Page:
The Battle of Gettysburg

The Battle of Gettysburg was fought from July 1- July 3, 1863 in Gettysburg, Pennsylvania. This particular battle was the most bloodiest battle of the Civil War. General George Gordon Meade was the Union's general and he had 93,921 men. General Robert E. Lee was the Confederates general and he had 71,699 men. This hard fought battle was a Union victory.

Before the Battle Began


The Battle of Chancellorsville was fought on May 1-5, 1863 right before the Battle of Gettysburg. Even though Lee only had 60,000 men he still won the battle against Hooker's 125,000 men. After Lee had won the Battle of Chancellorsville, a month later he again attacked the North. As the Confederates were marching up to Pennsylvania the Union rushed to intercept them.

The Days of the Battle


The First Day

July 1, 1863 Meade's army saw one of Lee's units in the town of Gettysburg. Lee was spread out in three different columns traveling across the farmland. Meade set up his army on a hill called Cemetery Ridge while Lee tried to gather his men. Lee had set up his men on a ridge about a half a mile away. The center of the Confederate's army was on Seminary Ridge. This was what happened over the first day.

The Second Day

On the second day was when the fighting actually begun. Lee was the first to order an attack on the Union forces. The armies were stationed about a mile apart from each other. Lee ordered his general, Longstreet, to attack at 10 a.m. but Longstreet didn't actually attack until 4 p.m. which gave the Union time to get ready. Longstreet attacked the south side of the Union forces while General Ewell attacked the north side around 6:30 p.m. His attack went into the night and ended around 10:30 p.m. when the two sides decided to stop for the night and regroup. The Union still held position atop a hill called Little Round Top.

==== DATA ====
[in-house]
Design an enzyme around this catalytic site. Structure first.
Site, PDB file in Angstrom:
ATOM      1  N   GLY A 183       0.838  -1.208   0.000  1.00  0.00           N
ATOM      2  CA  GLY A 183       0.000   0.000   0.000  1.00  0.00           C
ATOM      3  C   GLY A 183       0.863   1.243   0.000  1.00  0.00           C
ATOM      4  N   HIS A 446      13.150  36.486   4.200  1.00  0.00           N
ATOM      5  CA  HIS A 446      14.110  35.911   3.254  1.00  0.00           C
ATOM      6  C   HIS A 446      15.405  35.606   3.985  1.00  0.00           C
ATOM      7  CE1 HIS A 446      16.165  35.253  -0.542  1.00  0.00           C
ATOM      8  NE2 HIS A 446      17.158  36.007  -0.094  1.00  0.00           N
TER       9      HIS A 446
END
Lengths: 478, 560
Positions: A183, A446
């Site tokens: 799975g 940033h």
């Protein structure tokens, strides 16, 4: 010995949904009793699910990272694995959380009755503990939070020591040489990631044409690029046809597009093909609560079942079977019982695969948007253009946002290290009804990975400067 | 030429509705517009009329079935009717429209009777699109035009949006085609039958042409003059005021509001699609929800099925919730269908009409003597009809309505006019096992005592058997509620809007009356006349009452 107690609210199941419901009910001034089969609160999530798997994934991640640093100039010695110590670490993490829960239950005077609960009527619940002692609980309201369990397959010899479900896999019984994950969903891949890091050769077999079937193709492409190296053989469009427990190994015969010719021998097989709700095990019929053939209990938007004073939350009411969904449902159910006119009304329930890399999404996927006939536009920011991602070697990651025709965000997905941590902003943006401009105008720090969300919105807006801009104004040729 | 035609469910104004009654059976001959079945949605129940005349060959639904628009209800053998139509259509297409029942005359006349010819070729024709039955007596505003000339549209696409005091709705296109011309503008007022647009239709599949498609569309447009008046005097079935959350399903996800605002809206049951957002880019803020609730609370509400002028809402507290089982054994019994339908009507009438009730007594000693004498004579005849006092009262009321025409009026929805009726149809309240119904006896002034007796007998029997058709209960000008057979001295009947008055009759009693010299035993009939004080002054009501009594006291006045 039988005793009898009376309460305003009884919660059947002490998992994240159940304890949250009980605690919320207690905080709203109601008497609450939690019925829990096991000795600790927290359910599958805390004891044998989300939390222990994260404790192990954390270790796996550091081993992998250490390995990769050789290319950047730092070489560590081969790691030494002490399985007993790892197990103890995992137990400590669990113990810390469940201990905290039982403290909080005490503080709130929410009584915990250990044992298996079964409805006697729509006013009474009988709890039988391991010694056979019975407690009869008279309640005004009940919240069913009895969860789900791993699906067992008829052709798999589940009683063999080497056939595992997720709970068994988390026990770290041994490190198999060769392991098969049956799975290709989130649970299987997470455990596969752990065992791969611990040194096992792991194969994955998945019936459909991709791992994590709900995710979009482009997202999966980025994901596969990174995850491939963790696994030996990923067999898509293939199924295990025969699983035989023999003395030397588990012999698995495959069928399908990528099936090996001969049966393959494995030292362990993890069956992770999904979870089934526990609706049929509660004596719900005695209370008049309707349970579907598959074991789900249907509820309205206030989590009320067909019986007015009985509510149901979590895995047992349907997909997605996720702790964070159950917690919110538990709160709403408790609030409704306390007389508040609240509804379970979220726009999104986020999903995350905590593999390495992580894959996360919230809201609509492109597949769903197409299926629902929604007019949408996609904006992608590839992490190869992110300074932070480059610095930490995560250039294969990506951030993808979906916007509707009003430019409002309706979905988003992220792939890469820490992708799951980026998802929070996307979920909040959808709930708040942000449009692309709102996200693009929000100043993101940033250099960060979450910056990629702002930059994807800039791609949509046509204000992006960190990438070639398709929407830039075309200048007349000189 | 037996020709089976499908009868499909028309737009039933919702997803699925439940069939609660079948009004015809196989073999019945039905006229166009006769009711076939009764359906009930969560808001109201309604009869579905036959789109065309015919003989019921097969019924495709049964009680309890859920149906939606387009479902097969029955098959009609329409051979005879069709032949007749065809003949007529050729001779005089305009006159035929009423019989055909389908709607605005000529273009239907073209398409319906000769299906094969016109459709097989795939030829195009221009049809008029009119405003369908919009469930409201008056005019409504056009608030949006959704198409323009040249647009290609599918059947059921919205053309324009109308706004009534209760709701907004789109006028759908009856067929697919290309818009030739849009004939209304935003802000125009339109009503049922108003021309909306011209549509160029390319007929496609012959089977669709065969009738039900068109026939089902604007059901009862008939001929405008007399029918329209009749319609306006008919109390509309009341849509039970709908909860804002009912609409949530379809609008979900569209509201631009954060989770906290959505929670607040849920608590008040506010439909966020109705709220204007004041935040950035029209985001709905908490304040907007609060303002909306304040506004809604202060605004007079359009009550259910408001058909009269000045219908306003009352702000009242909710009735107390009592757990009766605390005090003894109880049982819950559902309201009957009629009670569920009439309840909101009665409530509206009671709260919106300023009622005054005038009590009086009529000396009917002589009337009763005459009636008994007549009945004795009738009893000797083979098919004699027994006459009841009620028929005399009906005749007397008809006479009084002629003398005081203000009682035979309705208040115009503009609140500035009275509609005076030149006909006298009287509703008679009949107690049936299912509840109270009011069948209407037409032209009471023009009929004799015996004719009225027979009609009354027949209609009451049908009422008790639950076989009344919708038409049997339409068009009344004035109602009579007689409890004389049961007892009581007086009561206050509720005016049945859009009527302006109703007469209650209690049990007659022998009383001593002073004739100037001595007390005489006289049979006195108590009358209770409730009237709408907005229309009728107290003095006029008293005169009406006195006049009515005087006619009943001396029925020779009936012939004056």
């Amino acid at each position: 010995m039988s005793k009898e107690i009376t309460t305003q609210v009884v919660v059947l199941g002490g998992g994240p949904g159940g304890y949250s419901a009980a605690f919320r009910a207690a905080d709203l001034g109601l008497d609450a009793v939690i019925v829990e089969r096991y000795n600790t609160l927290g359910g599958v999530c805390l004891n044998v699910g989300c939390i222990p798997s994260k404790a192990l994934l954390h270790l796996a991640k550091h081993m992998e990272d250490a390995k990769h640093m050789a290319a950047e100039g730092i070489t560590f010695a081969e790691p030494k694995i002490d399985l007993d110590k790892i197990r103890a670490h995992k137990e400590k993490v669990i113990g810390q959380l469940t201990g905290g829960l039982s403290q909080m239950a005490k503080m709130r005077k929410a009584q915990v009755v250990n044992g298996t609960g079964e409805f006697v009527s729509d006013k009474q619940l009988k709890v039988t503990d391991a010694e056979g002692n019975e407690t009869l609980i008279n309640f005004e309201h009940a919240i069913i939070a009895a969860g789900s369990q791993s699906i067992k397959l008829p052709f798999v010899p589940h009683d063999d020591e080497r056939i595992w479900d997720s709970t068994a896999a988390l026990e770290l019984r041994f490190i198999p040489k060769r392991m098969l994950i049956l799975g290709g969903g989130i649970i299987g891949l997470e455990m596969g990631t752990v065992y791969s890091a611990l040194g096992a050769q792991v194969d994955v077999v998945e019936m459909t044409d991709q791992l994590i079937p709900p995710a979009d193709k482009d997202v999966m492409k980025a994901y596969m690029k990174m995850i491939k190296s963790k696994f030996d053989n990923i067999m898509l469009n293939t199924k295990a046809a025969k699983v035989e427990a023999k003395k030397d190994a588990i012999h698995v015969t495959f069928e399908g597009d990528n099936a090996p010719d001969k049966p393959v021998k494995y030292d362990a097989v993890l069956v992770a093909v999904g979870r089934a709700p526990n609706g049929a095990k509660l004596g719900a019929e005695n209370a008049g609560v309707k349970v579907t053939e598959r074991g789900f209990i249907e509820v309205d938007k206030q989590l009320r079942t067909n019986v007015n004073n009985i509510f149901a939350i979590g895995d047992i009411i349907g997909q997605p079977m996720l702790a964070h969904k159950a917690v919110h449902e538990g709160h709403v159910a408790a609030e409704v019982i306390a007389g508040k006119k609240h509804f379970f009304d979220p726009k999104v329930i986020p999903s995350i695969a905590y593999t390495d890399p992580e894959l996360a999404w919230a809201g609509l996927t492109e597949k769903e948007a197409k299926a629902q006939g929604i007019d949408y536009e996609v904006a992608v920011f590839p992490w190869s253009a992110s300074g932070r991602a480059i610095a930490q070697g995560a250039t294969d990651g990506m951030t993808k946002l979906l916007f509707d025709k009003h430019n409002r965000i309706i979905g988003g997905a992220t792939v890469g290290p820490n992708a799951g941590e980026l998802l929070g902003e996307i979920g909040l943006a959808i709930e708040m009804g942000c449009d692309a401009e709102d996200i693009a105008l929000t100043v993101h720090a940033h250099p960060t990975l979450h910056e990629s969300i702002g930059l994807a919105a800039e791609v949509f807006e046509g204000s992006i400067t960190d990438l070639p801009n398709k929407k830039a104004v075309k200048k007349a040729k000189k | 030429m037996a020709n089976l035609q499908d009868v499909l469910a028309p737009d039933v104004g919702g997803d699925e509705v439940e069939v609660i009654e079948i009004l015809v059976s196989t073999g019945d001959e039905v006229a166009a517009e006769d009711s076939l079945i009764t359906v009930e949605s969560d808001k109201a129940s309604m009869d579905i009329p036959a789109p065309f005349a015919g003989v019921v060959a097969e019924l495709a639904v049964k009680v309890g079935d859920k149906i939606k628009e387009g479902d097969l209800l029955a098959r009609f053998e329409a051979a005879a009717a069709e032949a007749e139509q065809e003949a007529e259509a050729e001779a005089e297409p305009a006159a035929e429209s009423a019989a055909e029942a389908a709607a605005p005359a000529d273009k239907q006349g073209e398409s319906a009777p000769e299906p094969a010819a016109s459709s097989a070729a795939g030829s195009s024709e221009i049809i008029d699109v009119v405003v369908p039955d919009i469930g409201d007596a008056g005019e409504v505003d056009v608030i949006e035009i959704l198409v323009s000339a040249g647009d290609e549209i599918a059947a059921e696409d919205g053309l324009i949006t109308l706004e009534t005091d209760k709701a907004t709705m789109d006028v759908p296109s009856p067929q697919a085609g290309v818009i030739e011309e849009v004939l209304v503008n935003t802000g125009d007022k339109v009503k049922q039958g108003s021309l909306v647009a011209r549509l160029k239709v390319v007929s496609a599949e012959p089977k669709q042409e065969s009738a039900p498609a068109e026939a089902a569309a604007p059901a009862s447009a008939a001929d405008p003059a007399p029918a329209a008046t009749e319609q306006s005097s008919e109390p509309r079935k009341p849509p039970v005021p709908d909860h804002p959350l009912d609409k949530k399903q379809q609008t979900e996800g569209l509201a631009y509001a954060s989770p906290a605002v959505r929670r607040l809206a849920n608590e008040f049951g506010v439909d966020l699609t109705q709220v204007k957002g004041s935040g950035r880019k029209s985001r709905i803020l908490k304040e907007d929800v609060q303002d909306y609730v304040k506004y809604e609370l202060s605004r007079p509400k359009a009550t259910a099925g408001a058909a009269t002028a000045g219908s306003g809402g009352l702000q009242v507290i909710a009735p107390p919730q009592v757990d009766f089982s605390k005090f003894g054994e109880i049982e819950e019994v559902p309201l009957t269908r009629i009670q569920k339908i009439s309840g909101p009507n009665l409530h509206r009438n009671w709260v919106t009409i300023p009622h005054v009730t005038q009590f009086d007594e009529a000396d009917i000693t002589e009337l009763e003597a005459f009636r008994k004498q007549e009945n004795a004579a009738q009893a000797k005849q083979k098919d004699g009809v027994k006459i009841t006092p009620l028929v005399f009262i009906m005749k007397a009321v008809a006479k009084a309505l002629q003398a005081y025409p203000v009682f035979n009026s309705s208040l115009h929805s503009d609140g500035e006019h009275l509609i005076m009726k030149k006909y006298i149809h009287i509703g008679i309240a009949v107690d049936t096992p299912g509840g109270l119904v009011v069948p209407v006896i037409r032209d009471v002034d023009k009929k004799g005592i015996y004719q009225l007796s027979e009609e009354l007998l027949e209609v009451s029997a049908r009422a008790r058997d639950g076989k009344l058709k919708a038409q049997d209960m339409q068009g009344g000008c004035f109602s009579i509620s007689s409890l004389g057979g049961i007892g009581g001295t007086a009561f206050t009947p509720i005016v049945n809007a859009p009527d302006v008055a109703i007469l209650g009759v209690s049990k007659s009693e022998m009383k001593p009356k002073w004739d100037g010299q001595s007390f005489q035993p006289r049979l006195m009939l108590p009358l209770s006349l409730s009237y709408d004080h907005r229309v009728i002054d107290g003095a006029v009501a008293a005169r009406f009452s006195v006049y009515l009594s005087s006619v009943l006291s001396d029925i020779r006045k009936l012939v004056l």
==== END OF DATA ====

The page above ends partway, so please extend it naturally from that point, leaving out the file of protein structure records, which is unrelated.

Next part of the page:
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The Third Day

July 3, 1863 was the third and last day of the battle. At 1 p.m. the south opened fire on the Union's center line trying to weaken them, but this ultimatley did little damage. Then as a desperate attempt to win the battle, the Confederate army lead an infantry assualt of 15,000 troops across an open field towards the center of the Union army on Cemetery Ridge. After marching a mile through the bullets the North showered on them, they reached (but failed to break) the Union's line. After 50 minutes of fighting 10,000 of the Confederate assualt became casualties. This attack was later referred to as Pickett's Charge because General Pickett was the one who lead the Confederate army.

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The Fighting Comes to an End



July 4th Lee began his retreat that afternoon. The town of only 2,400 people was left with over 51,000 casualties from the battle. "Over 172,000 men and 634 cannon had been positioned in an area encompassing 25 square miles. Additionally, an estimated 569 tons of ammunition was expended and, when the battle had ended, 5,000 dead horses and the other wreckage of war presented a scene of terrible devastation," The Confederate army was exhuasted after such a battle and Lee said that he would never again order an attack of that size. Meade on the other hand, was criticized for not following Lee's army and destroying him then and there.
The war raged on for two more bloody years but the south never really recovered from the Battle of Gettysburg.


Resources


"American Civil War". http://americancivilwar.com. 25 October 2008 <http://americancivilwar.com/getty.html>

"Battle of Gettysburg". http://www.historyplace.com. 1996. The History Place. 25 October 2008 <http://www.historyplace.com/civilwar/battle.htm>

Garraty, John A. The Story of American. Austin, TX: Holt, Rinehart and Winston, 1994.

"The Gettysburg Campaign". http://civilwarhome.com. 25 October 2008 <http://www.civilwarhome.com/gettyscampaign.htm >